To clearly understand the present one must look into the past and try to understand why things are shaped the way they are. First letâ€™s take a look at the two-sex system. Deborah Blum, in her book Sex on the Brain asks, â€œDo we really need two sexes?â€ It is worth asking only because sex is so fundamental to life on earth, to who we are now. For species to evolve and prosper self-productive sex should be adequate. But in nature and biology, everything that is living belongs to one sex or the other. Two sexes are a part of life, and frankly nothing can be done about it, so why not concentrate on how to live with it?
In the beginning of time, the earth was just a partially cooled rock flung off from a distant star. Scientists believe that the oxygen rich environment that we live in now was the direct by-product of plant life. The plants breathe in carbon dioxide and give out oxygen, which we essentially need to survive. The planet conditions were harsh, many species of single-celled organisms survived only because they somehow developed a system of transferring genes. If one genetic combination was vulnerable to the environment, then another was less so. If two organisms, vulnerable ones, could mix their genes, each stood a chance of developing better defenses.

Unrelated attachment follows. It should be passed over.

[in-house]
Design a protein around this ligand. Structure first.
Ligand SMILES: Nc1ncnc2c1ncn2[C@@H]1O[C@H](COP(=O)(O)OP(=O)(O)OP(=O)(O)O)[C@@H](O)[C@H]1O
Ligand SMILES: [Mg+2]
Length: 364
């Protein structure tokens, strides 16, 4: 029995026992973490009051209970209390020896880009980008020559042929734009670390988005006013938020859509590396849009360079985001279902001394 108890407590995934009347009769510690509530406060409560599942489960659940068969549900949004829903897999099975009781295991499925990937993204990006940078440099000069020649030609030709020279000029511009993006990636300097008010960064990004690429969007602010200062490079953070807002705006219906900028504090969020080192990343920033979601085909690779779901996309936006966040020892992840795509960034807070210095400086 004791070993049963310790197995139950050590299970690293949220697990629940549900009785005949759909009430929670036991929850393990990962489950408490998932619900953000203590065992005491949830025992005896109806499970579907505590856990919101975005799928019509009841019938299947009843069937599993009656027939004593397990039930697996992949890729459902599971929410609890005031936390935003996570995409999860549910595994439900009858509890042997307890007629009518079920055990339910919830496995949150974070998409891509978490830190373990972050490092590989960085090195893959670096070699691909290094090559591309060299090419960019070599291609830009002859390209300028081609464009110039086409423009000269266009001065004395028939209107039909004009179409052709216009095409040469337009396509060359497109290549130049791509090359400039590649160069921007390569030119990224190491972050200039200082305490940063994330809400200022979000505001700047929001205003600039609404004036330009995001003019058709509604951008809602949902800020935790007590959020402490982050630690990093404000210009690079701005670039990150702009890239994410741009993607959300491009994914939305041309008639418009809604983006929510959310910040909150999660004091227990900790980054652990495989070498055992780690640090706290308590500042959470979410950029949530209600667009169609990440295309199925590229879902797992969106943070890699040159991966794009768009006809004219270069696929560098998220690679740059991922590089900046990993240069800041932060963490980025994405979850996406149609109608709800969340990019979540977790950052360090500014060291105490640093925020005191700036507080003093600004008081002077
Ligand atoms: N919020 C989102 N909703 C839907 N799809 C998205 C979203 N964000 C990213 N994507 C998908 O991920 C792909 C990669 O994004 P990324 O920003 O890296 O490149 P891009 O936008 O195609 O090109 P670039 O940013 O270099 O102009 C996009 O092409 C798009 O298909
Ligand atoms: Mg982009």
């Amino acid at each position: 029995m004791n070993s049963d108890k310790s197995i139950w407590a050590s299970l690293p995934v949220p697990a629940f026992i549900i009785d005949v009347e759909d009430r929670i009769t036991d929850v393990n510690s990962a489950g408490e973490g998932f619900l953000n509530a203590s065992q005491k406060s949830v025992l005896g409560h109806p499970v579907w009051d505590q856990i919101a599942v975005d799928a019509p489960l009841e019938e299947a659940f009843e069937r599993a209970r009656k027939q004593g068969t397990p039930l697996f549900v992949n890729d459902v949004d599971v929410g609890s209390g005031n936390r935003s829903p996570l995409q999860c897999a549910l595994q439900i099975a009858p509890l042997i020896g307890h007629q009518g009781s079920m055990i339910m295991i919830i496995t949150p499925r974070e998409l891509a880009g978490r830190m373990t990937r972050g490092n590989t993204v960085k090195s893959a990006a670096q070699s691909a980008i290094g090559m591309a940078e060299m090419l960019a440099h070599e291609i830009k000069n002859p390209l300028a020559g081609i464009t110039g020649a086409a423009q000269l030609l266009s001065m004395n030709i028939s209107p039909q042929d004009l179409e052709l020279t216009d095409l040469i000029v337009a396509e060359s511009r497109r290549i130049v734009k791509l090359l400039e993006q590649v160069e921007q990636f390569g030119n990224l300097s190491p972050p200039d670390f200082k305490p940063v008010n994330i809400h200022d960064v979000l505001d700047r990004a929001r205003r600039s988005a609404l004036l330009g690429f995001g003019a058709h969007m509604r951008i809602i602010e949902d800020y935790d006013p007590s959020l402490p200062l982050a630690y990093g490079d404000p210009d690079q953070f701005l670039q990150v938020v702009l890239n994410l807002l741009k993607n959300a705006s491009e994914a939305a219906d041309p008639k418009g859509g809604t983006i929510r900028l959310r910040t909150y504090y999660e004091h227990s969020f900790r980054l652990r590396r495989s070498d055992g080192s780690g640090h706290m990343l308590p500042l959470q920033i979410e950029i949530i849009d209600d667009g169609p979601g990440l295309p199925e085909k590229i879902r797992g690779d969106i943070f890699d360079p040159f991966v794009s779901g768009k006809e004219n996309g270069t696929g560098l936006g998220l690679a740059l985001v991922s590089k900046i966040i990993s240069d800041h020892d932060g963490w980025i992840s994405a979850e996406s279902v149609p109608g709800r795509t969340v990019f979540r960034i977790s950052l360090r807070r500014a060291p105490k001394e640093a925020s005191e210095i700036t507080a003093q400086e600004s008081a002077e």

It was the union of two different genetic packages, the theoretical beginning of sex. Since life does tend to be efficient whenever possible, two â€œparentsâ€ turned out to be adequate, as opposed to a reproduction system involving 14 different partners. So there we have it: biologyâ€™s rule, as far as reproduction, is that there must be two. It is the truth for roaches as well as people, for fish as well as cats. Anyone with the energy can have countless sexual partners, but reproduction requires only one.
After careful delegating the dual-sex system of biology to the multiplication of single-celled organisms for better su